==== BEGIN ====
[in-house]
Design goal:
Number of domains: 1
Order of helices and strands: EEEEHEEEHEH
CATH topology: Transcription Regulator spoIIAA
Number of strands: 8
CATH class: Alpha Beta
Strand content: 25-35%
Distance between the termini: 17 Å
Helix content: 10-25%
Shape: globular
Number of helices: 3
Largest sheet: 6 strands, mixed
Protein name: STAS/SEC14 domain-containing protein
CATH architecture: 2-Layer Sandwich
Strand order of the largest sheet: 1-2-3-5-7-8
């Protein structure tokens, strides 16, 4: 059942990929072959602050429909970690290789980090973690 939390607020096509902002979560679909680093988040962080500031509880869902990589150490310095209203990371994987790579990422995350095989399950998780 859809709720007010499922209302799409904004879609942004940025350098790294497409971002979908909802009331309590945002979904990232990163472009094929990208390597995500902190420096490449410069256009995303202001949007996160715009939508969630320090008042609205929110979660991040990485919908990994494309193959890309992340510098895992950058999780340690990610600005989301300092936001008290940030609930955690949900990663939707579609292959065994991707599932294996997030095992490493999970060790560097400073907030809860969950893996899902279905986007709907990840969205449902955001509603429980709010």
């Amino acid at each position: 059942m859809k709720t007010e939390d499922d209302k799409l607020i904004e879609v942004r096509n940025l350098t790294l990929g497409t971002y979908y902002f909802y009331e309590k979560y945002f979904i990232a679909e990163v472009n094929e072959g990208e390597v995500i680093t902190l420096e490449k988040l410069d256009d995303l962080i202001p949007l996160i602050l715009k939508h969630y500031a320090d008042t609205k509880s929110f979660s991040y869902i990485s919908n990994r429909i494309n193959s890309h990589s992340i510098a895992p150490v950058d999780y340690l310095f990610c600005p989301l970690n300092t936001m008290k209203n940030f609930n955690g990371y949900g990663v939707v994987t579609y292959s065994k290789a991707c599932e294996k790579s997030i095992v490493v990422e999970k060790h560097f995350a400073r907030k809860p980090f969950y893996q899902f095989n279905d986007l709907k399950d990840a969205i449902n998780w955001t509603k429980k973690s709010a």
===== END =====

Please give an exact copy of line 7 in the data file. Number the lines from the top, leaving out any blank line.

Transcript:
CATH class: Alpha Beta